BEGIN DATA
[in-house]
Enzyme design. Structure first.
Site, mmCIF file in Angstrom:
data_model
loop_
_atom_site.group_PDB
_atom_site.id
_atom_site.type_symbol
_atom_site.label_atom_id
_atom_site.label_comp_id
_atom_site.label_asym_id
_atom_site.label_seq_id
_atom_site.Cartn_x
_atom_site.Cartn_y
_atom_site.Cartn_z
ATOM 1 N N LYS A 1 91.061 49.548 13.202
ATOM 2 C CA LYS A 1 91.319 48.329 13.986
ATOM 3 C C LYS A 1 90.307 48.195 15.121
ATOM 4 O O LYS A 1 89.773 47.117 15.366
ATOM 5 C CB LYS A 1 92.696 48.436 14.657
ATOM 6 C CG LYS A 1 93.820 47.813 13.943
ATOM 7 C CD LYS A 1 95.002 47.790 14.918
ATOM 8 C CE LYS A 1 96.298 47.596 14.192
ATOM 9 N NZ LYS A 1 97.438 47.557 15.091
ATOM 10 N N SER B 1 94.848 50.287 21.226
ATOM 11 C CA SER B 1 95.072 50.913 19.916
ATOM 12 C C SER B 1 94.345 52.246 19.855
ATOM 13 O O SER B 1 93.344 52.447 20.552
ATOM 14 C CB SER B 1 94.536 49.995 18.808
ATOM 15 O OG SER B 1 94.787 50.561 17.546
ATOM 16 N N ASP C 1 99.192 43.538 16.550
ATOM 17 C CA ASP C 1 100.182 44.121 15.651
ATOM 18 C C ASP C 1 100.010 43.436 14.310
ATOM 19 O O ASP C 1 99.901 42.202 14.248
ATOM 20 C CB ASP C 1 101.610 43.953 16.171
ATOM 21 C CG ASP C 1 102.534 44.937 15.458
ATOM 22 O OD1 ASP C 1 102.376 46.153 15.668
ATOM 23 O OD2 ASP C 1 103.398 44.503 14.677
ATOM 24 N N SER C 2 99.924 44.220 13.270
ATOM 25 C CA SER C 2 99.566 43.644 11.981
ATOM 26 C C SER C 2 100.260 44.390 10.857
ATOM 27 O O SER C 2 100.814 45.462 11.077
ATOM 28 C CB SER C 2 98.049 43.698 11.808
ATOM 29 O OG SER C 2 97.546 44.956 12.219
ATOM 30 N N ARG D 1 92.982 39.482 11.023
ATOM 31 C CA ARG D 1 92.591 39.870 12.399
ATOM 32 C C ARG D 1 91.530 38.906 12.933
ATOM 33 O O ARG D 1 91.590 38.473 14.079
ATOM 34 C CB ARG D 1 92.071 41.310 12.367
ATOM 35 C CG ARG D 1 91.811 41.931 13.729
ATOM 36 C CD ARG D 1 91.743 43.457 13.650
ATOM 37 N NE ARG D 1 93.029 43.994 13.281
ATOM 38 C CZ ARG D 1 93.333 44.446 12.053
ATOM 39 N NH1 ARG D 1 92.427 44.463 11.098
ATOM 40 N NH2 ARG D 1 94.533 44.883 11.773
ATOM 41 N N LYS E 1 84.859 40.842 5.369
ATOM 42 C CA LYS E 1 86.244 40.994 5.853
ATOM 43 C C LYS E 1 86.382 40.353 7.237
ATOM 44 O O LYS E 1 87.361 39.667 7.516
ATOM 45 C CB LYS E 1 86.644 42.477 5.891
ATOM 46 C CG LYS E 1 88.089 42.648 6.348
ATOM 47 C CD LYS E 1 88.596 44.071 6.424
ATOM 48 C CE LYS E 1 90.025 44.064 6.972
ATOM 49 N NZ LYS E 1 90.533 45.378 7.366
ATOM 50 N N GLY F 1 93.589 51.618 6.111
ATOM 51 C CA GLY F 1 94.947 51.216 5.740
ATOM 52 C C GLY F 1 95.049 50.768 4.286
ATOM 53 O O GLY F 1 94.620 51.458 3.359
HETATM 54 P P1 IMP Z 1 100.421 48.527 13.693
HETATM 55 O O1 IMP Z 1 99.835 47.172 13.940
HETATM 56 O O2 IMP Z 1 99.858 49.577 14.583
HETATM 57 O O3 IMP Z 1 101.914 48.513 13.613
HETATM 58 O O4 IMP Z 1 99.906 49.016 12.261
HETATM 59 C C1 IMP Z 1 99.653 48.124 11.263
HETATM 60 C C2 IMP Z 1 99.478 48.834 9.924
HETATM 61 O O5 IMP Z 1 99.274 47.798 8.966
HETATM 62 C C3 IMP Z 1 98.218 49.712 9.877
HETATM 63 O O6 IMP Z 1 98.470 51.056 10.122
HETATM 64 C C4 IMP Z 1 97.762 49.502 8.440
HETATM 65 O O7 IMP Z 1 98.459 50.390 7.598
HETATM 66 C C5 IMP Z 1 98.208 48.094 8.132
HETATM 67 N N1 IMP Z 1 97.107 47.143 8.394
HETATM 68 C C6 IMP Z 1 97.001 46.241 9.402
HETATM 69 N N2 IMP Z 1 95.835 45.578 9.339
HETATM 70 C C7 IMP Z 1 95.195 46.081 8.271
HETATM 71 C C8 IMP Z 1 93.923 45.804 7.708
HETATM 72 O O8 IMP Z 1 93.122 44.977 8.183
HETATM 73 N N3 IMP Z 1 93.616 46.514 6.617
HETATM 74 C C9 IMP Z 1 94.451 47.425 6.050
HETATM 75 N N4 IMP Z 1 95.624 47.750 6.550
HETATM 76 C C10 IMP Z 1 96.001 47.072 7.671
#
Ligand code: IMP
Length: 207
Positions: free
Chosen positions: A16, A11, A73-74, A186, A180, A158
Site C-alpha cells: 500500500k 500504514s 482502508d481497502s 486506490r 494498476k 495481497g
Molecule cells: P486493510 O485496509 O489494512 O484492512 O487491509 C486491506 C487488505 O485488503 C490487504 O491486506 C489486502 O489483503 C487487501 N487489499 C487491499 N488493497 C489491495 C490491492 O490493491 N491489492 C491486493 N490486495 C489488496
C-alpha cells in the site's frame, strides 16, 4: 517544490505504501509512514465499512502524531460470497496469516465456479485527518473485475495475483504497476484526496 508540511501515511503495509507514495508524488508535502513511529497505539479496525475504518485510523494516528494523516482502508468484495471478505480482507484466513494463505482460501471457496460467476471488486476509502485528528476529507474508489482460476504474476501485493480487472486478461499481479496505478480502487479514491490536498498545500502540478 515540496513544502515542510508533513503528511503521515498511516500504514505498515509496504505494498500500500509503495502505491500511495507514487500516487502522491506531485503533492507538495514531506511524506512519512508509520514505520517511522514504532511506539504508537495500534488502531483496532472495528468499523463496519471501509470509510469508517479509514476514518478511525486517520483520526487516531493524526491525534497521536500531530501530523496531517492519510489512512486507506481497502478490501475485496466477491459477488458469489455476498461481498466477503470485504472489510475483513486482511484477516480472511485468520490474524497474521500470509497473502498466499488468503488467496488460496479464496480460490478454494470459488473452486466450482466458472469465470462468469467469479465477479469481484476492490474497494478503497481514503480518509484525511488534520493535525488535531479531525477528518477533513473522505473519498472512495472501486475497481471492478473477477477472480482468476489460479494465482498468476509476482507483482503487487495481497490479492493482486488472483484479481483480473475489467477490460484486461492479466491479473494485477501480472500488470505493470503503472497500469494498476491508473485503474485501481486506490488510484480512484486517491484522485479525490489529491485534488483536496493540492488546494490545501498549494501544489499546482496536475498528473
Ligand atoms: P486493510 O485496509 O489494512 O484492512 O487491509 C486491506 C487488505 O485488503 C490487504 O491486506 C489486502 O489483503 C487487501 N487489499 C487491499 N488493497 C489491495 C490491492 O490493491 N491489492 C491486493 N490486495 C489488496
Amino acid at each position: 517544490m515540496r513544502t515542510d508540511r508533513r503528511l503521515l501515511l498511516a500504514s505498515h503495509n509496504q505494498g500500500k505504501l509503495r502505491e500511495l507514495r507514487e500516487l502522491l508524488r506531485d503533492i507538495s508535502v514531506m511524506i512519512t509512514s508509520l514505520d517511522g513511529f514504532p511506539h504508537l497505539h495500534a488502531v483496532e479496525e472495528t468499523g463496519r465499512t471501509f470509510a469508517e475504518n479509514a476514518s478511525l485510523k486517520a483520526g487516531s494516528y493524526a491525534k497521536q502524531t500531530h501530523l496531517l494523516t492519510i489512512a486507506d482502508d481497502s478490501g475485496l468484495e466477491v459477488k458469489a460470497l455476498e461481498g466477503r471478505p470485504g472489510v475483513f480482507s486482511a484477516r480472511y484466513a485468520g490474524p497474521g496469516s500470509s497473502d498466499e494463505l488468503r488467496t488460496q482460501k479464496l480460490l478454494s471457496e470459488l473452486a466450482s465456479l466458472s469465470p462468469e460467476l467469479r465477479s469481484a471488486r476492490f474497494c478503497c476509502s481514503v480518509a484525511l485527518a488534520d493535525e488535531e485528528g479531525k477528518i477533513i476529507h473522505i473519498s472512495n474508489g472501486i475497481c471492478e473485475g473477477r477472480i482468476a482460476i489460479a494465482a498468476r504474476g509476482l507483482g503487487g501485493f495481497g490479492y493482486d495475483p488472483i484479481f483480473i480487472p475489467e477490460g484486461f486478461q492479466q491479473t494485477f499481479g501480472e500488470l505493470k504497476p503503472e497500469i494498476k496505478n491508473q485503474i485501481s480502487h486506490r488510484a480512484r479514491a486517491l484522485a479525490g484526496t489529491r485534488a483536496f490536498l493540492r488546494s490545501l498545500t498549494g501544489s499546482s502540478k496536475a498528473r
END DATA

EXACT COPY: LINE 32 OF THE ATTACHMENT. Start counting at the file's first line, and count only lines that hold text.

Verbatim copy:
ATOM 17 C CA ASP C 1 100.182 44.121 15.651